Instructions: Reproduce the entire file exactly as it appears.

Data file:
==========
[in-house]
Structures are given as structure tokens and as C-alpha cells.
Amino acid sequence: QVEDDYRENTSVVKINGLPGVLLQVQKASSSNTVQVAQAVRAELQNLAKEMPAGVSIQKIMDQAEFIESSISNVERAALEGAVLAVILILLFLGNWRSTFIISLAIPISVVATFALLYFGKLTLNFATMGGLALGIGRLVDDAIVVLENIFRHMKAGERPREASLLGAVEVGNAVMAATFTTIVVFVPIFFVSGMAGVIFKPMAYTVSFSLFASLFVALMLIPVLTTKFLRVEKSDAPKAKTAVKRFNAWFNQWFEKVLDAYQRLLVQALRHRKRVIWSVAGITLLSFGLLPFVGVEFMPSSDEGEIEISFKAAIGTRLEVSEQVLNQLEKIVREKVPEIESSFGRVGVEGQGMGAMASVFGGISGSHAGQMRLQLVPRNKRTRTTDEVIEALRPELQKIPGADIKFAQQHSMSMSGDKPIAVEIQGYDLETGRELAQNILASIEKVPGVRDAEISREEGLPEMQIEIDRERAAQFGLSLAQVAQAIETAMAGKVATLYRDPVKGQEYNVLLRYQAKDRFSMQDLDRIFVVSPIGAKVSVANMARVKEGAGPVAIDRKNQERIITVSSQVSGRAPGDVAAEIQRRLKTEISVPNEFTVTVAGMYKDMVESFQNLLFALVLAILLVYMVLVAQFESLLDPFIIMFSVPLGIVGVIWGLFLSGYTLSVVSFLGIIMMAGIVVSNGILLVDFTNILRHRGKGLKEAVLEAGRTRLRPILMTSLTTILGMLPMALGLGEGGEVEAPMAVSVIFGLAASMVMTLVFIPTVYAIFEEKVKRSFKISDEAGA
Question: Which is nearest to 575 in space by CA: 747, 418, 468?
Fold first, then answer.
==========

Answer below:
[in-house]
Structures are given as structure tokens and as C-alpha cells.
Amino acid sequence: QVEDDYRENTSVVKINGLPGVLLQVQKASSSNTVQVAQAVRAELQNLAKEMPAGVSIQKIMDQAEFIESSISNVERAALEGAVLAVILILLFLGNWRSTFIISLAIPISVVATFALLYFGKLTLNFATMGGLALGIGRLVDDAIVVLENIFRHMKAGERPREASLLGAVEVGNAVMAATFTTIVVFVPIFFVSGMAGVIFKPMAYTVSFSLFASLFVALMLIPVLTTKFLRVEKSDAPKAKTAVKRFNAWFNQWFEKVLDAYQRLLVQALRHRKRVIWSVAGITLLSFGLLPFVGVEFMPSSDEGEIEISFKAAIGTRLEVSEQVLNQLEKIVREKVPEIESSFGRVGVEGQGMGAMASVFGGISGSHAGQMRLQLVPRNKRTRTTDEVIEALRPELQKIPGADIKFAQQHSMSMSGDKPIAVEIQGYDLETGRELAQNILASIEKVPGVRDAEISREEGLPEMQIEIDRERAAQFGLSLAQVAQAIETAMAGKVATLYRDPVKGQEYNVLLRYQAKDRFSMQDLDRIFVVSPIGAKVSVANMARVKEGAGPVAIDRKNQERIITVSSQVSGRAPGDVAAEIQRRLKTEISVPNEFTVTVAGMYKDMVESFQNLLFALVLAILLVYMVLVAQFESLLDPFIIMFSVPLGIVGVIWGLFLSGYTLSVVSFLGIIMMAGIVVSNGILLVDFTNILRHRGKGLKEAVLEAGRTRLRPILMTSLTTILGMLPMALGLGEGGEVEAPMAVSVIFGLAASMVMTLVFIPTVYAIFEEKVKRSFKISDEAGA
Question: Which is nearest to 575 in space by CA: 747, 418, 468?
Fold first, then answer.